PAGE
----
Lindsay Campbell,  New York Erika Svendsen,  New York Heather McMillen,  Honolulu Novem Auyeung,  New York City Rachel Holmes,  New Haven Michelle Johnson,  New York City Renae Reynolds,  New York City

A reading of names. A procession. Placing flowers on memorials. Music. Moments of silence. Tolling of bells. Certain abiding symbols and gestures give structure to our memorial remembrances. In particular, we have come to expect a ritual formality and consistency at the World Trade Center site for remembering September 11,...

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What Pope Francis Might Do to Advance Climate Justice During His Visit to New York
Rebecca Bratspies,  New York City

Pope Francis visits the United States in late September 2015.  He will speak in Washington, D.C., New York, and Philadelphia, including an address at the United Nations and to a full Congress. His visit will be an opportunity for reflection and—who knows—might possibly be a turning point in the United...

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Social Practice Artwork: A Restaurant and Garden Serving up Connections to Urban Nature
Patrick M. Lydon,  Osaka

Can an urban garden help us remember what it means to be human? Three months ago, we opened a slightly audacious restaurant and garden in a working-class suburb of Osaka, Japan with the intent of connecting people more deeply with food and nature in their neighborhood. Experimental and temporary in...

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Civic Ecology Meets EdX: An Experiment in Online Social Learning and Action
Marianne Krasny,  Ithaca

A pop-up garden in Kiev, volunteer “spotfixes” along sidewalks in Bangalore, and a flower garden planted atop a deadly landslide after an earthquake in Japan. These and other civic ecology practices are expanding in number. But how do we connect people across these disparate practices and places so that we...

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Biocultural Diversity and the Diverse City: A Model for Linking Nature and Culture
William Dunbar,  Tokyo

The concept of biocultural diversity— the coming together of biological and cultural diversity—is receiving more attention recently along with an awareness that elements of cultures all around the world are deeply rooted in the nature, or biological diversity, around them, and that greater cultural diversity comes with greater biological diversity....

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Why don’t all public buildings have green roofs? Or all large private buildings (e.g. businesses)? Would this be a good idea? What would it take to make it happen and to make it worthwhile?
Maryam Akbarian,  Tehran Wolfgang Ansel,  Nürtingen Nathalie Baumann,  Basel Michael Berkshire,  Chicago Rebecca Bratspies,  New York City Amy Chomowicz,  Portland Andrew Clements,  Corinth Karla Dakin,  Denver Stuart Gaffin,  New York Dusty Gedge,  London André Gonçalves,  Goiânia Ulrike Grau,  Mexico City Angela Loder,  Denver Amosh Neupane,  Middlebury Matt Palmer,  New York City Kerry Ross,  Calgary Kaveh Samiei,  Tehran Julie Santos,  London & Buenos Aires Kate Scherer,  New York Mark Simmons,  Austin Kevin Songer,  Jacksonville Christine Thuring,  Vancouver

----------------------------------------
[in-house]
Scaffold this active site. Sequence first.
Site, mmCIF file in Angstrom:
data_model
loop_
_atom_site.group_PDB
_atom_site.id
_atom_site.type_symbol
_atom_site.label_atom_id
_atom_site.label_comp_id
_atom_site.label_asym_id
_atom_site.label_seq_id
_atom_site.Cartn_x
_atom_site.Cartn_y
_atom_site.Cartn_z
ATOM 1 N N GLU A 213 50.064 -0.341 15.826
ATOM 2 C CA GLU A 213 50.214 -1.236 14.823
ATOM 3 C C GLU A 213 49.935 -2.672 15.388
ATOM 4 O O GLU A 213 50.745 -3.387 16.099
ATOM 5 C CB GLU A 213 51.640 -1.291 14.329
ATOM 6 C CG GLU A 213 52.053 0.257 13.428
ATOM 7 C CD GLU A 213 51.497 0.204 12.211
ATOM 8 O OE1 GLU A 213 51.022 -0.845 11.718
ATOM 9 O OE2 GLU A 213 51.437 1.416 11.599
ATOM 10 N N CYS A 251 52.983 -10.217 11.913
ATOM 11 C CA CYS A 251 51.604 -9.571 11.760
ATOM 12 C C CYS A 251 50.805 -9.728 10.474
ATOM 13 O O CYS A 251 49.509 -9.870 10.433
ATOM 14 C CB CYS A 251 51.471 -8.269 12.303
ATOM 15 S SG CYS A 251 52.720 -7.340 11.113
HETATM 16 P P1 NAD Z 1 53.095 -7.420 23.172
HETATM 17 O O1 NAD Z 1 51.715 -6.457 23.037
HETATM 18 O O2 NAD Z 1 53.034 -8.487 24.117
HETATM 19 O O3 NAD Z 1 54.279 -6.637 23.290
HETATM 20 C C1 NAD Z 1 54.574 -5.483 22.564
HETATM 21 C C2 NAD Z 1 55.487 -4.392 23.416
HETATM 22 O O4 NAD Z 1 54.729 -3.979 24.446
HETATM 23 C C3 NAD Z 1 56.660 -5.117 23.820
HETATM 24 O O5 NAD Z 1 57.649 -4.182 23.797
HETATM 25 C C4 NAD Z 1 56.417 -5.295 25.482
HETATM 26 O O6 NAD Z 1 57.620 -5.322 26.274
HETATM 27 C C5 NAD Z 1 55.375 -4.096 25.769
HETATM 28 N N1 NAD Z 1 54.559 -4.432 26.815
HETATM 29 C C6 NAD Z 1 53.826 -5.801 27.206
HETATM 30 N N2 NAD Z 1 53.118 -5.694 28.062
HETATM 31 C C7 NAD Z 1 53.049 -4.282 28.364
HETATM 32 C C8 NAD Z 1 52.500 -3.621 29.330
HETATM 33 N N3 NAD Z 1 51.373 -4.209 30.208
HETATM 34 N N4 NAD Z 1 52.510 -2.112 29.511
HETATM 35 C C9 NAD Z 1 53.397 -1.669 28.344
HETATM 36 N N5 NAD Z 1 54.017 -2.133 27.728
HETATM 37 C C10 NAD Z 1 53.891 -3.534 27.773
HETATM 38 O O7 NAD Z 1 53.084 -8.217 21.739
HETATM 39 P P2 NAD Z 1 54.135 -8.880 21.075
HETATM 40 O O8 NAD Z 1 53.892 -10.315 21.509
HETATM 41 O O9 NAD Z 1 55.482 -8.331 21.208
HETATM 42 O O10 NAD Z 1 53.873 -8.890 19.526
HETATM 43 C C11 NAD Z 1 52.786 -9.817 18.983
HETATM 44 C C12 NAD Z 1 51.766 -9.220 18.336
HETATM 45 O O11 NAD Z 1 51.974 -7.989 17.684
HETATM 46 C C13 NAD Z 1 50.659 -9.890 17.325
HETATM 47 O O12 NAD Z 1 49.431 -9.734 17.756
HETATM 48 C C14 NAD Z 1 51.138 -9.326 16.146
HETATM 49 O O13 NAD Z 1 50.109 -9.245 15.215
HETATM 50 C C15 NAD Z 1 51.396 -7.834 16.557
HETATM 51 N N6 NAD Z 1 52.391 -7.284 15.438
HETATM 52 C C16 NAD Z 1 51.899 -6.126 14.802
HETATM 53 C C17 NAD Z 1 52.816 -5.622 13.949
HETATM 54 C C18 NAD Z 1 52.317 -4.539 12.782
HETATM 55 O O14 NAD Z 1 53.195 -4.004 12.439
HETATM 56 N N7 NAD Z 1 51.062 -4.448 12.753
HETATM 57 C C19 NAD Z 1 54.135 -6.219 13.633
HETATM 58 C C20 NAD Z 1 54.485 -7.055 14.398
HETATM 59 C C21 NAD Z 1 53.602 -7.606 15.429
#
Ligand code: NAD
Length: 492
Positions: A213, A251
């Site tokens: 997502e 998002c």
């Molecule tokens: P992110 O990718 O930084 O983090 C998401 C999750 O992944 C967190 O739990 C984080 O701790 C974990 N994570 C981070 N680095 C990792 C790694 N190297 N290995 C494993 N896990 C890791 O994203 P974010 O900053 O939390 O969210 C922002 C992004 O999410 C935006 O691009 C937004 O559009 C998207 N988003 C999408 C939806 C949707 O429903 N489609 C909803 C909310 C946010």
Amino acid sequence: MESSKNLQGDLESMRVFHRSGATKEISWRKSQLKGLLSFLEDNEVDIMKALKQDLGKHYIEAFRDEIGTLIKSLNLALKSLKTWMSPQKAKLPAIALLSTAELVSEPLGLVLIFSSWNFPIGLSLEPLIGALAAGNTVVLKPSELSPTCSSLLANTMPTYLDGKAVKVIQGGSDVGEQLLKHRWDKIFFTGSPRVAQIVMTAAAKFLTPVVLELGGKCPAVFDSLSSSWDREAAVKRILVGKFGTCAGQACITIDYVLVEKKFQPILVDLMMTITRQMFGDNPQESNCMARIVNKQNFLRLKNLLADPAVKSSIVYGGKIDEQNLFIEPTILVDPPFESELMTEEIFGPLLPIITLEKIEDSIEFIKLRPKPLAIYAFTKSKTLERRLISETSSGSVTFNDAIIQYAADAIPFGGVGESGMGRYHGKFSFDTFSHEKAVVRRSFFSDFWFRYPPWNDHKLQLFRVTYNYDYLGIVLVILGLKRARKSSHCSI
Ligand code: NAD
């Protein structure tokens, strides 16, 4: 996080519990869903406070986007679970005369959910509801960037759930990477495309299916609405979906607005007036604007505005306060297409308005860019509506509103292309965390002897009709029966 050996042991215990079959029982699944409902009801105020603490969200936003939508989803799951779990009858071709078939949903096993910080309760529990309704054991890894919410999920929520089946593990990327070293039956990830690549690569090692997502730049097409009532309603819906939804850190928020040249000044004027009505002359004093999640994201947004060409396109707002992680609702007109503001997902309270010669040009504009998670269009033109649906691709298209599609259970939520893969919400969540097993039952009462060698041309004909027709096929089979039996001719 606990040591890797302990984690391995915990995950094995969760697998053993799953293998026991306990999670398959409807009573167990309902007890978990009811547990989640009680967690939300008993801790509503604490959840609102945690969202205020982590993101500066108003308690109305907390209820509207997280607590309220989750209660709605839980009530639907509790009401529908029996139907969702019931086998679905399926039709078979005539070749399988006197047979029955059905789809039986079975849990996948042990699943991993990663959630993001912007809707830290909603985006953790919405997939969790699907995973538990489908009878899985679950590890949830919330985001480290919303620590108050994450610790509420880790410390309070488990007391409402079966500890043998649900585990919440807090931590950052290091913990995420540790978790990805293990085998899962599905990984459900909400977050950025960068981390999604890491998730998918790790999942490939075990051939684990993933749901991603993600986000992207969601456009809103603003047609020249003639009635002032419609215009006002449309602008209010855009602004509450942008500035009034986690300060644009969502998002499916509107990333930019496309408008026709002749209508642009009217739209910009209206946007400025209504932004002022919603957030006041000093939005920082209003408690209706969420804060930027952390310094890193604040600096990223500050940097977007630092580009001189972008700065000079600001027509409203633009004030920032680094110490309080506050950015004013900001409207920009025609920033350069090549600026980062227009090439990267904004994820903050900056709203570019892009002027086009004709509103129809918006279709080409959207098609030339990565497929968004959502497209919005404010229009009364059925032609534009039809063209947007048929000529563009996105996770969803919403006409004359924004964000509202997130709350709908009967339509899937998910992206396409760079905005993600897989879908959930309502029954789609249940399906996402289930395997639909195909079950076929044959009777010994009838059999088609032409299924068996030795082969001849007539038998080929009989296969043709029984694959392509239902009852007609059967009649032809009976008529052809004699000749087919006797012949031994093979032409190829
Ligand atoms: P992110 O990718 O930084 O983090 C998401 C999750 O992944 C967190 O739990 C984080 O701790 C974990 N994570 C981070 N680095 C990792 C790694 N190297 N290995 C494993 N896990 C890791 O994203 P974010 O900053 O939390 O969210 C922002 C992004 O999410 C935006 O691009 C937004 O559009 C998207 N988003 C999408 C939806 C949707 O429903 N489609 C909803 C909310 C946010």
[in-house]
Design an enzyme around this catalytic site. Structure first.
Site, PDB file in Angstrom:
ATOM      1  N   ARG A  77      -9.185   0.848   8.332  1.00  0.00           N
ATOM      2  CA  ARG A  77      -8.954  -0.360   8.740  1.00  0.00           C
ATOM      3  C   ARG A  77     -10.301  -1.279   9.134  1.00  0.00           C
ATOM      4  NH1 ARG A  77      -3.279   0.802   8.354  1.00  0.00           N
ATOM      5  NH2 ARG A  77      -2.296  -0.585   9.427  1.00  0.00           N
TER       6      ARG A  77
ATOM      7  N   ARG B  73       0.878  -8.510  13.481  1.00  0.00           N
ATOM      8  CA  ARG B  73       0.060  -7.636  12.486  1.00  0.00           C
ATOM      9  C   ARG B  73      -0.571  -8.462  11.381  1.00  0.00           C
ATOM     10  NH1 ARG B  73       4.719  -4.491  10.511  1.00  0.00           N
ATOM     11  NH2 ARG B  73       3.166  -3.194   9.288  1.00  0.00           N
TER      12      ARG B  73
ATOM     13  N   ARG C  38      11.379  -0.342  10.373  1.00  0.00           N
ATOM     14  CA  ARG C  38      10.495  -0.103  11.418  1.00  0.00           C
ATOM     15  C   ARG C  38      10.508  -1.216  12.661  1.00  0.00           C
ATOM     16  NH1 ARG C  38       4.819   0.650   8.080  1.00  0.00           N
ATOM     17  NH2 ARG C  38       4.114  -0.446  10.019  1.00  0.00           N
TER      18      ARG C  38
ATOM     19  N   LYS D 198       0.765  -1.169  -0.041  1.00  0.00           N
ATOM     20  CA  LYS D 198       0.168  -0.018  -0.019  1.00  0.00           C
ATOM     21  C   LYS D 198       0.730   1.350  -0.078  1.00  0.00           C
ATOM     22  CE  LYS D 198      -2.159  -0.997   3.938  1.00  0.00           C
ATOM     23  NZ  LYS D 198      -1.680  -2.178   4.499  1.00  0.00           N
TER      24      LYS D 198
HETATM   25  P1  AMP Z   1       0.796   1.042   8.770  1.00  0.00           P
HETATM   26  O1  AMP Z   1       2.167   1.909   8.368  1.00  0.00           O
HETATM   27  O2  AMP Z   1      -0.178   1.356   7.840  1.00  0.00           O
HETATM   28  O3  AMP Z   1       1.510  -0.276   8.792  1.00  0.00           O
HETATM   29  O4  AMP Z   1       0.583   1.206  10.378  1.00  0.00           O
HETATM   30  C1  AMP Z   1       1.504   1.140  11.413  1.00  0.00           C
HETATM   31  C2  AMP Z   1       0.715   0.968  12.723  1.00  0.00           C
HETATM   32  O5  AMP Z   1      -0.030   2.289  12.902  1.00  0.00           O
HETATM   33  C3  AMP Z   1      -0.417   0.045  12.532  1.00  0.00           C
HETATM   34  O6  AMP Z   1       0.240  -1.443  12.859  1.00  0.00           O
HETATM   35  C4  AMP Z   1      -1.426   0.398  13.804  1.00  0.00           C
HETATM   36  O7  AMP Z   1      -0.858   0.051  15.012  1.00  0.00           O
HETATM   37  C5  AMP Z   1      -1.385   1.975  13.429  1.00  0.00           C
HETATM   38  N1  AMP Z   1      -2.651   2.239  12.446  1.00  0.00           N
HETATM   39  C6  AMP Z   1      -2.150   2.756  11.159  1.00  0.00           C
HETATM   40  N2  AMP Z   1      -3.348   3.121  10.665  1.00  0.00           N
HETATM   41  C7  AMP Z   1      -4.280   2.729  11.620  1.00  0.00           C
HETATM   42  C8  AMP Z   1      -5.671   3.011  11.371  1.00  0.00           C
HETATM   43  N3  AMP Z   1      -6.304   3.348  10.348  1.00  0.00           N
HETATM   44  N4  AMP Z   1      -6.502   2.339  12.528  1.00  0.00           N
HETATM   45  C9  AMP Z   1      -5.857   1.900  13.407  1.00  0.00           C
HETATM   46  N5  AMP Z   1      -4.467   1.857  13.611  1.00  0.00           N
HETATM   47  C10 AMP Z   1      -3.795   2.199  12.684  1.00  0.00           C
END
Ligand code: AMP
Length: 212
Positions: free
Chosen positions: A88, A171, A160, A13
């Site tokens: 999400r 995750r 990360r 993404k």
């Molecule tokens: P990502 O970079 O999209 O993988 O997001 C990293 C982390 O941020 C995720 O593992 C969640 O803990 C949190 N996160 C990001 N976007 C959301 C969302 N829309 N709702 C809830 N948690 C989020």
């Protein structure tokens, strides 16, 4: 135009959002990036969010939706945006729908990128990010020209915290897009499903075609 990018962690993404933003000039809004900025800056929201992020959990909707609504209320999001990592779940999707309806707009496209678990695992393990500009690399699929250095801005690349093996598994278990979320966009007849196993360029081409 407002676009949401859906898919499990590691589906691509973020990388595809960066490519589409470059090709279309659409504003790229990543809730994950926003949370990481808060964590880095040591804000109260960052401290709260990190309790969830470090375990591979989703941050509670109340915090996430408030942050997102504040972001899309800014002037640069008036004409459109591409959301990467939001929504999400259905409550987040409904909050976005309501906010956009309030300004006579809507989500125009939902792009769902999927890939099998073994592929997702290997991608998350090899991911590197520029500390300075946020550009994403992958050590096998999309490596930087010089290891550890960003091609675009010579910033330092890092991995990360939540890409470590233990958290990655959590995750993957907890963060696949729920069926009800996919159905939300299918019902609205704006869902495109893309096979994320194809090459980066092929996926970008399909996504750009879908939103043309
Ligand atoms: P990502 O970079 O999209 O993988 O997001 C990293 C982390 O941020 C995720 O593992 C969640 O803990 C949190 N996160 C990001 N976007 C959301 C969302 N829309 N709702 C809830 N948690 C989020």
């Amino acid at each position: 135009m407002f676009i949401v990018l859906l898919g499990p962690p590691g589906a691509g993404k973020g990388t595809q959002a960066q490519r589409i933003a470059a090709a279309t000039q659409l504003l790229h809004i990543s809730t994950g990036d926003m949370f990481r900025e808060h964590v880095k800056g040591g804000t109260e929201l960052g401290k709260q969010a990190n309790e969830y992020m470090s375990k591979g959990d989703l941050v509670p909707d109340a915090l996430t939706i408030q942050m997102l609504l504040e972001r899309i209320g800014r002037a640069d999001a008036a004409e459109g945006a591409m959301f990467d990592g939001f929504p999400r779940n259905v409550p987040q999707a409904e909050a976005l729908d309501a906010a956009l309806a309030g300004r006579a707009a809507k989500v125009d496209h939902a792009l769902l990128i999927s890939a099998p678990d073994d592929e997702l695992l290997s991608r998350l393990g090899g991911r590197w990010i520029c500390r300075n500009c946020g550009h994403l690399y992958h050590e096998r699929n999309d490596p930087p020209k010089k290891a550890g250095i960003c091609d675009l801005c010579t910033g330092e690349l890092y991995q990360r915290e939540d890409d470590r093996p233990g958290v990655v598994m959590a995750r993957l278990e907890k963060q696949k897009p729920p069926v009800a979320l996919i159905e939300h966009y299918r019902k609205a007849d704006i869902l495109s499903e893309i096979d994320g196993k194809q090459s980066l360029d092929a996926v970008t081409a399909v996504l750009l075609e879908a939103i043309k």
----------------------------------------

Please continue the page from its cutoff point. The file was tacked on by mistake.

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Glasgow Made the Clyde and the Clyde Made Glasgow
Allison Palenske,  Edinburgh

A review of “Clyde Reflections,” an art film by Stephen Hurrel and  Ruth Brennan, on exhibition at the Gallery of Modern Art in Glasgow, Scotland. The west coast of Scotland has been known to enchant, with its rough coastal edges, intricately carved islands, charming towns, and an aquatic landscape that...

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Urban Nature as Festival: Berlin’s Long Day of Urban Nature
Katharine Burgess,  Washington, D.C

Just before 10 am one Sunday this June, 300 people prepared for a boat ride on the River Spree, lining up in a park next to the longest surviving stretch of the Berlin Wall. The boat was a cheerful blue and yellow passenger vessel, mostly used for river tourist excursions...

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How Does Your Garden Grow? Stories from South African Gardeners
Pippin Anderson,  Cape Town

Why do we plant what we do in our personal gardens? It turns out it’s driven by a complicated mix of personal philosophy and social posturing, which sometimes are at odds. And, it turns out, in South Africa and many other countries, we don’t even plant our own gardens. This...

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Trees of Life and Fruitful Relationships
Patrick M. Lydon,  Osaka

A review of Arboreal Architecture: A Visual History of Trees, an exhibition on view at the Cantor Arts Center, Stanford University, now through July 20, 2015. The Cantor Arts Center at Stanford is a beacon for global arts and culture in Silicon Valley—it opened its doors in 1894, nearly a century...

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Sustainability is Everywhere
Stephanie Pincetl,  Los Angeles

A review of Sustainability in the Global City, Myth and Practice, edited by Cindy Isenhour, Gary McDonogh and Melissa Checker. 2015. ISBN: 9781107076280. Cambridge University Press, New York. 426 pages. As the introductory chapter states: “Sustainability is everywhere.” Indeed, what did we do before the introduction of the term? Sustainability...